bilingualism


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bilingualism,

ability to use two languages. Fluency in a second language requires skills in listening comprehension, speaking, reading, and writing, although in practice some of those skills are often considerably less developed than others. Few bilinguals are equally proficient in both languages. However, even when one language is dominant (see language acquisitionlanguage acquisition,
the process of learning a native or a second language. The acquisition of native languages is studied primarily by developmental psychologists and psycholinguists.
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), performance in the other language may be superior in certain situations—e.g., someone generally stronger in Russian than in English may find it easier to talk about baseball in English. Native speakers of two languages are sometimes called equilingual, or ambilingual, if their mastery of both languages is equal. Some bilinguals are persons who were reared by parents who each spoke a different language or who spoke a language different from the one used in school. In some countries, especially those with two or more official languages, schools encourage bilinguilism by requiring intensive study of a second language. Bilinguals sometimes exhibit code-switching, or switching from one language to the other in the middle of a conversation or even the same sentence; it may be triggered by the use of a word that is similar in both languages.

Bibliography

See G. Saunders, Bilingual Children (1988); K. Hyltenstam and L. K. Obler, ed., Bilingualism Across the Lifespan (1989).

Bilingualism

 

one person’s or group’s fluent command of and ability to use two different languages or two dialects of one language (for example, a local dialect and the literary language). Mass bilingualism occurs in history as the result of conquests, peaceful migration of peoples, and contacts between neighboring groups speaking different languages.

In bilingualism, the degree of fluency in each language, the ways in which the various spheres of communication are distributed between the languages, and the attitudes of the speakers to them depend on many factors in the social, economic, political, and cultural life of the group concerned. When there is a conflict between two languages, one may completely supplant the other (as, for example, Spanish and Portuguese “have replaced the Indian languages in Latin America), or a new mixed language may be created (for example, French, which developed from Latin and local Celtic dialects), or both languages may undergo certain changes in various aspects of the language structure. Phonetically there may be changes in the characteristics of pronunciation—for example, Ossetic, which belongs to the Iranian group of languages, has borrowed phonetic characteristics from the Dagestanian languages spoken around it. Grammatical phenomena may be borrowed or copied—for example, Russian has borrowed the participial construction of the old Slavonic language Yaroslav. Especially in terms of vocabulary, words are borrowed and copied—English, for example, borrowed French vocabulary when French was the official language in England.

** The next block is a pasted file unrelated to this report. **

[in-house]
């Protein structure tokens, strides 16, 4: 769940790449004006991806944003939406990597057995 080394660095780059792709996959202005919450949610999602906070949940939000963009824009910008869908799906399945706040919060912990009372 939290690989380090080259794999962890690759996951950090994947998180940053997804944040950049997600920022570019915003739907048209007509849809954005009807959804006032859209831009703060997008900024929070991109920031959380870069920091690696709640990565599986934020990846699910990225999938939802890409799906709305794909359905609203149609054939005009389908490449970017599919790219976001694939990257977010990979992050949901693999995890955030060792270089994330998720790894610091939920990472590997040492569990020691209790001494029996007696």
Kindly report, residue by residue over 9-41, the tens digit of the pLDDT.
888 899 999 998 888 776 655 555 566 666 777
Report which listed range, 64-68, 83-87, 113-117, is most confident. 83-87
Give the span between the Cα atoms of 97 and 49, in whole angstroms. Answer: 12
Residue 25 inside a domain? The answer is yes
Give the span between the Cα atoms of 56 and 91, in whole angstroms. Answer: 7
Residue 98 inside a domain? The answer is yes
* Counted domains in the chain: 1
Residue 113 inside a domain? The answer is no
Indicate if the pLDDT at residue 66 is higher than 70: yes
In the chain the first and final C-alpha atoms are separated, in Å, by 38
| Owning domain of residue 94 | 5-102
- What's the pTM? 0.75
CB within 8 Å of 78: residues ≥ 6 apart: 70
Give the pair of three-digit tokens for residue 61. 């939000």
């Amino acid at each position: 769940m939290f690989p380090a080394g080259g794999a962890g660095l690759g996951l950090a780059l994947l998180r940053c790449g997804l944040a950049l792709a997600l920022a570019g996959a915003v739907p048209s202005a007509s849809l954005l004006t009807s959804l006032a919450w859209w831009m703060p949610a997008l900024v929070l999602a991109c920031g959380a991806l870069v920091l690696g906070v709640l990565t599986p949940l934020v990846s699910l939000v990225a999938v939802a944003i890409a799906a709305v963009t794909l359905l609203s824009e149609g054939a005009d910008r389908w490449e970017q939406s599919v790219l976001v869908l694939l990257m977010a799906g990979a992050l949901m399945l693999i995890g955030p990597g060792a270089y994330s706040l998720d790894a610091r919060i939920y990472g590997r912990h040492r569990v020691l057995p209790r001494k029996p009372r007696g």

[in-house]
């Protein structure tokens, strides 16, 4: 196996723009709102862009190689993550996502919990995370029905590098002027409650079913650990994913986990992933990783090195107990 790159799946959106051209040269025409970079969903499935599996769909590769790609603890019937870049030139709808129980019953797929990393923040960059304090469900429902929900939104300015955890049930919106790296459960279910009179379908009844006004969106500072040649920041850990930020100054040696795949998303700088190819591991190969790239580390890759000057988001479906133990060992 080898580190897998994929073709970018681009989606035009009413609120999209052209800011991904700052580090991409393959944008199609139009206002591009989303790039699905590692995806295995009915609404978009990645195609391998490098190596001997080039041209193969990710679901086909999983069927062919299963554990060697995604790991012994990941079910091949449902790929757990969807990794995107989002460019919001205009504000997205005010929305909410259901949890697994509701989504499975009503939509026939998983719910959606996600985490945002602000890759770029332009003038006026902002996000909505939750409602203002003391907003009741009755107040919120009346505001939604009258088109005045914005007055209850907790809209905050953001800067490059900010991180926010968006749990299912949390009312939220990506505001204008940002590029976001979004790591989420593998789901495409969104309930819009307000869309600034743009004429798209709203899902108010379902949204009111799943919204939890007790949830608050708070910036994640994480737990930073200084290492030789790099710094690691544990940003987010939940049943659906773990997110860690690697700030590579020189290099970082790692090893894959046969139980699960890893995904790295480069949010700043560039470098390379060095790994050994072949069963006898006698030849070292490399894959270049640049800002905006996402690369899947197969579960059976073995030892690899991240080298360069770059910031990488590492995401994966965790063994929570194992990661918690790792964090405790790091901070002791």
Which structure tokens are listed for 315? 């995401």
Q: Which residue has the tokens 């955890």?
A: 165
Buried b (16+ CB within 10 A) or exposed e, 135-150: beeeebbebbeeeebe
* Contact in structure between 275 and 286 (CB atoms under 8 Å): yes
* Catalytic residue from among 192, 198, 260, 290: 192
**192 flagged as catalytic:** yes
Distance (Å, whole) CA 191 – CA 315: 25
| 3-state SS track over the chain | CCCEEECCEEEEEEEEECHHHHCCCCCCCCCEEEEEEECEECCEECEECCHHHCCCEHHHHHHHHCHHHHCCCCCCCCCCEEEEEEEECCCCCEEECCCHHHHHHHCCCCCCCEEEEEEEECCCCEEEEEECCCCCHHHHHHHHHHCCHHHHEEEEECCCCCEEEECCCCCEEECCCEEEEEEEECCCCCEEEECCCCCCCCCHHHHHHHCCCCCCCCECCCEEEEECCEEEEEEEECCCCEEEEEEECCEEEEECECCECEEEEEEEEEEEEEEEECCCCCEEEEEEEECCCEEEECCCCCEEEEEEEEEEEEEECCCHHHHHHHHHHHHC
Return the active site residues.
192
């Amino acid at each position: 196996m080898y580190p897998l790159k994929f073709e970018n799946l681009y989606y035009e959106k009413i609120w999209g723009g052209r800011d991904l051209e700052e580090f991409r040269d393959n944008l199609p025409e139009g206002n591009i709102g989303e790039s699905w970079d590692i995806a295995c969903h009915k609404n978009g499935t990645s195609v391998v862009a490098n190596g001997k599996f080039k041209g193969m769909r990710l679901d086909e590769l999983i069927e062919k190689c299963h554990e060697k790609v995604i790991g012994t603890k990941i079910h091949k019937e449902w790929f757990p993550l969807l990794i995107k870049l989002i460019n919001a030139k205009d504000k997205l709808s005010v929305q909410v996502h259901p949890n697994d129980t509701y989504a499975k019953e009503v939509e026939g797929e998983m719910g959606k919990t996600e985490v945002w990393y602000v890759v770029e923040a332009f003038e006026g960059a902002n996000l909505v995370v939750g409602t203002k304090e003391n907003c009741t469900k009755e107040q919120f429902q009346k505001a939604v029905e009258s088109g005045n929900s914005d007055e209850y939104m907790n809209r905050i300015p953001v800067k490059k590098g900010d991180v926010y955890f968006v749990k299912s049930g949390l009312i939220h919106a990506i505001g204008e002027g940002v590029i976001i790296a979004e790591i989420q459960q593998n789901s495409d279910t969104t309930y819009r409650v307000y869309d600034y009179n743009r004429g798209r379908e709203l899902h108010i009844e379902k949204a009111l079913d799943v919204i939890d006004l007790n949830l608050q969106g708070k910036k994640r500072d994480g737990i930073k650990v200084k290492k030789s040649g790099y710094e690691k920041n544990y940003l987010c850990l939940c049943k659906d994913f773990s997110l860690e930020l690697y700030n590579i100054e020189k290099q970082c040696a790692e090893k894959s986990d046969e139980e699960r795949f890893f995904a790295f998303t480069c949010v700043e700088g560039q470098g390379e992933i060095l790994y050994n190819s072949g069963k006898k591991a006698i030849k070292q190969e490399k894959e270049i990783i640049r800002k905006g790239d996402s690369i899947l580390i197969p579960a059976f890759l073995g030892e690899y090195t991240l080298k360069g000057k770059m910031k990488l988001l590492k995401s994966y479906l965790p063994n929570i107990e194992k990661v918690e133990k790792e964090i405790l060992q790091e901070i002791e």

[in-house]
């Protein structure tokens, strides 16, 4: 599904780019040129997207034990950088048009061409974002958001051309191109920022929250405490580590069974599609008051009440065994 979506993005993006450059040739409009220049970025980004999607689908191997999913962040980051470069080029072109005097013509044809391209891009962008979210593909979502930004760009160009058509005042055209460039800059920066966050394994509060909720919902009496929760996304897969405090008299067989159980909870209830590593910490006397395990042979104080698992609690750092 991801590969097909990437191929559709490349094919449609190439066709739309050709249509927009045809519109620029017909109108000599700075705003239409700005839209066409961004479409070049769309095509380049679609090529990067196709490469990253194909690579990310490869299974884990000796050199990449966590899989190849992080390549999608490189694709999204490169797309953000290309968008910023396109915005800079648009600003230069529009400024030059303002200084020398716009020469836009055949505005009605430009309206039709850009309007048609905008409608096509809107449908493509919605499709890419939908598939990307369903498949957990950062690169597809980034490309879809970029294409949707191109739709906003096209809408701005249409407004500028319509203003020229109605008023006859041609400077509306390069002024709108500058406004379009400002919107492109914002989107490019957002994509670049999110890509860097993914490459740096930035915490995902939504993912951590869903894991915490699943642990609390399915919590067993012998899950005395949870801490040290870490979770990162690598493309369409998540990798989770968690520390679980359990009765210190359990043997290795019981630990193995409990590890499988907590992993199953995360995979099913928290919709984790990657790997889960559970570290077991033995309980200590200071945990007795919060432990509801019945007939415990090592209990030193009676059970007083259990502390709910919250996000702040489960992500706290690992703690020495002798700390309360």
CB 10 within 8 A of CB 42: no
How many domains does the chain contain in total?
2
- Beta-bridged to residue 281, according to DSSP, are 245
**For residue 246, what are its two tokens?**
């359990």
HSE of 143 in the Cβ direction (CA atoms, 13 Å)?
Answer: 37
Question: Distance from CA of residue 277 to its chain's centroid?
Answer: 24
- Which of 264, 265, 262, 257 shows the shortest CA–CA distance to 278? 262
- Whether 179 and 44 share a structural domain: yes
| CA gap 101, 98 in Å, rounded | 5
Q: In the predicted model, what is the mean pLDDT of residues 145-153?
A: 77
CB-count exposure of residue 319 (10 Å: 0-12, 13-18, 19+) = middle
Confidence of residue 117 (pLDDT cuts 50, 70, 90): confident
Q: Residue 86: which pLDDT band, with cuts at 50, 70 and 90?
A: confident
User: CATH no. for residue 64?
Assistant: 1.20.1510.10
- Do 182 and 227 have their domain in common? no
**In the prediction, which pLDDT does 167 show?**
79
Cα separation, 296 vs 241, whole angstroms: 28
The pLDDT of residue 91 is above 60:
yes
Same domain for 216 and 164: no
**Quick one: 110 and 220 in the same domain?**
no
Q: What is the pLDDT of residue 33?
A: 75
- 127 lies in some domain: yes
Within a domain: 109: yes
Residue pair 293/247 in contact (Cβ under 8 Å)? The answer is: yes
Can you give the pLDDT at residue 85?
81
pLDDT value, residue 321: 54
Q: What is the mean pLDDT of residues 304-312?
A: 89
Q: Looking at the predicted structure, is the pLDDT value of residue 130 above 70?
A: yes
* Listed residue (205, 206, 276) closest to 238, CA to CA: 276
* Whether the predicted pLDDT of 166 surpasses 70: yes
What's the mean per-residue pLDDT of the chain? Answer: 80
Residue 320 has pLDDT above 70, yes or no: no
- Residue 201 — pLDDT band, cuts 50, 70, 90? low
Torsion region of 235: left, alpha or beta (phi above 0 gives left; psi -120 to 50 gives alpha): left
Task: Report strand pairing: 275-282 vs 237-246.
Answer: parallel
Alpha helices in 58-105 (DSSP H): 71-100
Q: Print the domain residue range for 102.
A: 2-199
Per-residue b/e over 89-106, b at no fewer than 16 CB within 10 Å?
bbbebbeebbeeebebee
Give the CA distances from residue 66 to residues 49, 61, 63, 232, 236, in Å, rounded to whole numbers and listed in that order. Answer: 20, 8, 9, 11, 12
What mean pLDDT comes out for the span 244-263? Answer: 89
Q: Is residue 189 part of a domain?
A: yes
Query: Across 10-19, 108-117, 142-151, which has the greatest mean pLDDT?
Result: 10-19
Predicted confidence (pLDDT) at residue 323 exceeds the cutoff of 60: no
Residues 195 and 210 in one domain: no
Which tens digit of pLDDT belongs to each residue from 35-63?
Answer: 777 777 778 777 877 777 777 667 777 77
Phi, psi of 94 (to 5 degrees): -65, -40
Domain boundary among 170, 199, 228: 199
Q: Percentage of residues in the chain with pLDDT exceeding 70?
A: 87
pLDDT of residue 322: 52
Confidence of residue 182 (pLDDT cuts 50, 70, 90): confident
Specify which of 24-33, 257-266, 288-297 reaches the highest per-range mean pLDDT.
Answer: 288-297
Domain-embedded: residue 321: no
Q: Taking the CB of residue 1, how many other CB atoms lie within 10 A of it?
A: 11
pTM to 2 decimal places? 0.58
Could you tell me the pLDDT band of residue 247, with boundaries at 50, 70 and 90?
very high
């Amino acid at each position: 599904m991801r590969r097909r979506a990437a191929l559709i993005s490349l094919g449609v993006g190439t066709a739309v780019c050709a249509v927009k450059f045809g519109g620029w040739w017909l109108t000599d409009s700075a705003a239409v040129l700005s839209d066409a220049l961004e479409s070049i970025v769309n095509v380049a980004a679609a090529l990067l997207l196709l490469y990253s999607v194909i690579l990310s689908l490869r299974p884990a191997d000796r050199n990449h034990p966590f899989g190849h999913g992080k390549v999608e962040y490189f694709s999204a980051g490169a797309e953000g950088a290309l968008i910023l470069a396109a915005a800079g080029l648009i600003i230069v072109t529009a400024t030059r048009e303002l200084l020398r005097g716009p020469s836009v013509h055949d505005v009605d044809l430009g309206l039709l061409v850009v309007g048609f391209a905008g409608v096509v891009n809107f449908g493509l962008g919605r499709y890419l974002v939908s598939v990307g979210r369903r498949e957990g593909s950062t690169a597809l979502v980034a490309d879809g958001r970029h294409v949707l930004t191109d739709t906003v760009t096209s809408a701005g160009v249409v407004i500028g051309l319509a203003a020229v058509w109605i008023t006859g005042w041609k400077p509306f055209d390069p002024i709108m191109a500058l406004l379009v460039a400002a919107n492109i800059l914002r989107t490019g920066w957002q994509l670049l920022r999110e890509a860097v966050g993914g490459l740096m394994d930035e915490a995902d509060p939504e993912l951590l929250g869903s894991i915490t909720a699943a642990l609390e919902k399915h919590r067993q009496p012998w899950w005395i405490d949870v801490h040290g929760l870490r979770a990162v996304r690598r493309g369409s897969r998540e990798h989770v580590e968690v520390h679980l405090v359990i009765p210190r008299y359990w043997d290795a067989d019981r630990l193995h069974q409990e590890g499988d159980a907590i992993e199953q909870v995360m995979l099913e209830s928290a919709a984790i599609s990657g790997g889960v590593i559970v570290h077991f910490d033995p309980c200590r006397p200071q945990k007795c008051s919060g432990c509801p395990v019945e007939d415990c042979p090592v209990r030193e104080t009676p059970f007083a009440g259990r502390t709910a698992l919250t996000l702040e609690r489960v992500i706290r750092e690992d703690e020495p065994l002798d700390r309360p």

REFERENCES

Shcherba, L. “Ocherednye problemy iazykovedeniia.” In his book Izbrannye raboty po iazykoznaniiu ifonetike, vol. 1. Leningrad, 1958.
Bloomfield, L. lazyk. Moscow, 1968. (Translated from English.)
Vendryés, G. lazyk. Moscow, 1937. (Translated from French.)
Weinreich, U. Languages in Contact. New York, 1953.

V. V. RASKIN

References in periodicals archive ?
Rather, the province's linguistic regime is founded on two distinct, though complementary, principles--institutional bilingualism and linguistic duality--that seek to ensure the right of every New Brunswicker to be unilingual.
The Conference will also celebrate the lifetime work of Prof Colin Baker of the School of Education at Bangor University, who has established an international reputation for his research and contribution to bilingualism.
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Concerning age, the findings on the so-called bilingual advantage in such EFs are still controversial, and we perceived a lack of studies on the effects of bilingualism regarding middle-aged adults, as compared to the considerably high number of studies and robust findings on the bilingual advantage among other age groups, such as children and elderly people.
As mentioned briefly above, scholars of bilingualism now recognise that a perfect command of two languages is a rare and unrealistic phenomenon, and that bilinguals' linguistic repertoire is a unique configuration of their two languages that, together, fulfil all their communicative needs (Garcia, 2009; Grosjean, 1982, 1999).
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She added, however, that "there are still advantages to be found from late bilingualism.
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For the purpose of the present study, bilingualism is defined as the regular use of a second language for at least five years, and a perceived skill level of advanced.
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Nobody can deny that bilingualism is beneficial for every child's development and their future.

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